As a kid I was a huge fan of the animated film version of E.B. White’s Charlotte's Web. It made me cry every time I watched it, and I truly wanted a pig of my own. Heck, that's still the case, so I have been looking forward to the new movie version quite a lot, especially after it was announced that none other than Danny Elfman would compose the score. Charlotte's Web seems like a perfect gig for Elfman, it's a lovely, but sad, story which should allow Elfman to revisit the kind of music he does best. And he sure did deliver! The score for Charlotte's Web is classic Elfman, similar in sound to timeless scores like Edward Scissorhands, hidden treasures like Sommersby and more recent solid efforts, like his music for Tim Burton's Big Fish and Corpse Bride. It's playful and sentimental, without ever getting too sappy or sugary.
Elfman's makes great use of his famous celesta, woodwinds and female choir and the result is a score that entertains and delights from start to finish. Actually, there's not one dull moment in this score, which starts off with an upbeat "Main Title" cue, where Elfman's typical staccato writings for mostly strings, woodwinds and percussion is allowed to stretch its legs. Short, but a great start to the score. After that, the score gets a little more toned down and relaxed, with some Americana and country influences, which will remind the listener of the composer's score for Sommersby. There are lots of acoustic guitars, and plenty of fifths in the string section, which creates a very rustic sound.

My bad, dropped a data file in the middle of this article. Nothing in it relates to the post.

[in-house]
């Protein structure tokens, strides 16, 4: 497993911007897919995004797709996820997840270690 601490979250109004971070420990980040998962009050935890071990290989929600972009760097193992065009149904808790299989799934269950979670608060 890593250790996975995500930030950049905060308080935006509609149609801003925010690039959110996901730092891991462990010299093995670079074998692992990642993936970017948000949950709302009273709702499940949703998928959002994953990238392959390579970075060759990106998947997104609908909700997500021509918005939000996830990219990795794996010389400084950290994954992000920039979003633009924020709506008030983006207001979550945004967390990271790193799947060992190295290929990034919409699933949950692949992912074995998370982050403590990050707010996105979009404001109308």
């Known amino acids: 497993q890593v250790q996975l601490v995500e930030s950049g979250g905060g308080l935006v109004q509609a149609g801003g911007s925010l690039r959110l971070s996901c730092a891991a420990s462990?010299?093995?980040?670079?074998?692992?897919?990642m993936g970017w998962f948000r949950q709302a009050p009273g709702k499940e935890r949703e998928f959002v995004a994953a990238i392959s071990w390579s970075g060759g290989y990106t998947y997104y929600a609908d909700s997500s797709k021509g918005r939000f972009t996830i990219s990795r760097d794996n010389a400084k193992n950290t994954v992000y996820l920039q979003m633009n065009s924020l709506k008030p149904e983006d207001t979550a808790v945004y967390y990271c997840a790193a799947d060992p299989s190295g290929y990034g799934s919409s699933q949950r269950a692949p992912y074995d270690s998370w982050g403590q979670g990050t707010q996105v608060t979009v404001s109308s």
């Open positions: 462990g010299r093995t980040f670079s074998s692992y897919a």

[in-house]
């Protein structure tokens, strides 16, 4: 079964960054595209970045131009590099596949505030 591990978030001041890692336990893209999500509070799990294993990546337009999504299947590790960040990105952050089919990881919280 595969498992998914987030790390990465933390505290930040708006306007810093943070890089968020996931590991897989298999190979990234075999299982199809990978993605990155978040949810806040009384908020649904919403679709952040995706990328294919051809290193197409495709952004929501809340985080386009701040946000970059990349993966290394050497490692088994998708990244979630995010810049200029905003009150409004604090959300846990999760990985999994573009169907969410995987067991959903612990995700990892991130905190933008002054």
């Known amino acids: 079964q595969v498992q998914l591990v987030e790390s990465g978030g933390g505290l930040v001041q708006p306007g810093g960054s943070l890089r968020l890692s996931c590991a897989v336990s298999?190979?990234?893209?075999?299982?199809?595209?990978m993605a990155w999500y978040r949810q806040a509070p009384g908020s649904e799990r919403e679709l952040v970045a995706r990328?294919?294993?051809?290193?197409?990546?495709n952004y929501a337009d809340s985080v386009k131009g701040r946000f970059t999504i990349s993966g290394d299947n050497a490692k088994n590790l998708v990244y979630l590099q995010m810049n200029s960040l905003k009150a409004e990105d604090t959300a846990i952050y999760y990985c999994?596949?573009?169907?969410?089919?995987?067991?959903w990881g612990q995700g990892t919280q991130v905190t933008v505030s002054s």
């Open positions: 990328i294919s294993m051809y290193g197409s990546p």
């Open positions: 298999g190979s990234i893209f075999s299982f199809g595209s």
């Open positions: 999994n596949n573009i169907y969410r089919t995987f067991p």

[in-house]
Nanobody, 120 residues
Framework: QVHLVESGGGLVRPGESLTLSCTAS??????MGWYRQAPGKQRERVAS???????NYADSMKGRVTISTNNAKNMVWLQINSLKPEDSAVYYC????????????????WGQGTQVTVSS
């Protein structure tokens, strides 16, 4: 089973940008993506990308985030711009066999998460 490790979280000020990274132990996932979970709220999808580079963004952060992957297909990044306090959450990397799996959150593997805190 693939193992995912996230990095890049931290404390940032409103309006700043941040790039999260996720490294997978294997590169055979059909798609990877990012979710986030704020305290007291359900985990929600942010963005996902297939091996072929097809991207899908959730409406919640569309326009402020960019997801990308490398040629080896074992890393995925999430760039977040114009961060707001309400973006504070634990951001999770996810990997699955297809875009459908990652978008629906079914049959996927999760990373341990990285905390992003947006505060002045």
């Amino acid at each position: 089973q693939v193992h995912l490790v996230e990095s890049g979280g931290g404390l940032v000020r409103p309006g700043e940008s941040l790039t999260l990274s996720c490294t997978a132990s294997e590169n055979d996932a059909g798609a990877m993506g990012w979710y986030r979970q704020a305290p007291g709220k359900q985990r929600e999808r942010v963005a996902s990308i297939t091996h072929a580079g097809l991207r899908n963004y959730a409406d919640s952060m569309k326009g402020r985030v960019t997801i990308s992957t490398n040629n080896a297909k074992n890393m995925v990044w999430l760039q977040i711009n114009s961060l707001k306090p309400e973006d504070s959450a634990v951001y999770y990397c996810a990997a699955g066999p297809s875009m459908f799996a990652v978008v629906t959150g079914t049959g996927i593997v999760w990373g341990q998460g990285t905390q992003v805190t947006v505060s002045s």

Apart from the "Main Title", highlights include the beautiful "The Plan Begins", where piano and strings opens the cue, soon joined by choir for a full statement of the lovely main theme. "Humble" features some excellent choral outbursts and is also very memorable, but the number one spot without a doubt goes to the final score cue, "Wilbur's Homecoming", which is a nine minute long tour the force, revolving around the main themes (basically, a sweet melody for Wilbur, and a more sneaky one for Templeton, the rat). It's Elfman at his best and without a doubt one of the most beautiful finale cues he has ever written, up there with Edward Scissorhands. Absolutely heartbreaking and healing at the same time, performed by full orchestra and choir.
The only real problem with the score is that it tends to go all mickey mouse-y on you at times, closely following and commenting the action on screen. I've never been a fan of this type of Carl Stalling-like scoring, as it never allows themes and ideas to get fully developed. One idea is discarded and replaced with a totally different animal after just a couple of bars. But that's just a minor quibble. Charlotte's Web is a delightful score. In fact, it's "radiant" and "terrific".